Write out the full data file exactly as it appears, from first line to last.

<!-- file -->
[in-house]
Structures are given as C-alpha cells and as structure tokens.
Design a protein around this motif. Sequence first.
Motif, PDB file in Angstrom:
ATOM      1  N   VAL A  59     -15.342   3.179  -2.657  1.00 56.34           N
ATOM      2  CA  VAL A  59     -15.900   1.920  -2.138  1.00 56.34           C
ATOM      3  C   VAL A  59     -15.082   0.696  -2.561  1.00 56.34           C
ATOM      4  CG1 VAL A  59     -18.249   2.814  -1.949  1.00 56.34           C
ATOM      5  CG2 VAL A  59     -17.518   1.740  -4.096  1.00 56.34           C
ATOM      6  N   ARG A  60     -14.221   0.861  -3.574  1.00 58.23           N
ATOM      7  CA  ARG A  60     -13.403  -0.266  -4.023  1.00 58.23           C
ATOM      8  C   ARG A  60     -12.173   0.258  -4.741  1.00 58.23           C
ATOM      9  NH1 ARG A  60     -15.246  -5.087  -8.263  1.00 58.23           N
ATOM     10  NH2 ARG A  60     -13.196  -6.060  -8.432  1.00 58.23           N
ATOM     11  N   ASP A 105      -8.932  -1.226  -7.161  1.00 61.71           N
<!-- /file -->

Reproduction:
[in-house]
Structures are given as C-alpha cells and as structure tokens.
Design a protein around this motif. Sequence first.
Motif, PDB file in Angstrom:
ATOM      1  N   VAL A  59     -15.342   3.179  -2.657  1.00 56.34           N
ATOM      2  CA  VAL A  59     -15.900   1.920  -2.138  1.00 56.34           C
ATOM      3  C   VAL A  59     -15.082   0.696  -2.561  1.00 56.34           C
ATOM      4  CG1 VAL A  59     -18.249   2.814  -1.949  1.00 56.34           C
ATOM      5  CG2 VAL A  59     -17.518   1.740  -4.096  1.00 56.34           C
ATOM      6  N   ARG A  60     -14.221   0.861  -3.574  1.00 58.23           N
ATOM      7  CA  ARG A  60     -13.403  -0.266  -4.023  1.00 58.23           C
ATOM      8  C   ARG A  60     -12.173   0.258  -4.741  1.00 58.23           C
ATOM      9  NH1 ARG A  60     -15.246  -5.087  -8.263  1.00 58.23           N
ATOM     10  NH2 ARG A  60     -13.196  -6.060  -8.432  1.00 58.23           N
ATOM     11  N   ASP A 105      -8.932  -1.226  -7.161  1.00 61.71           N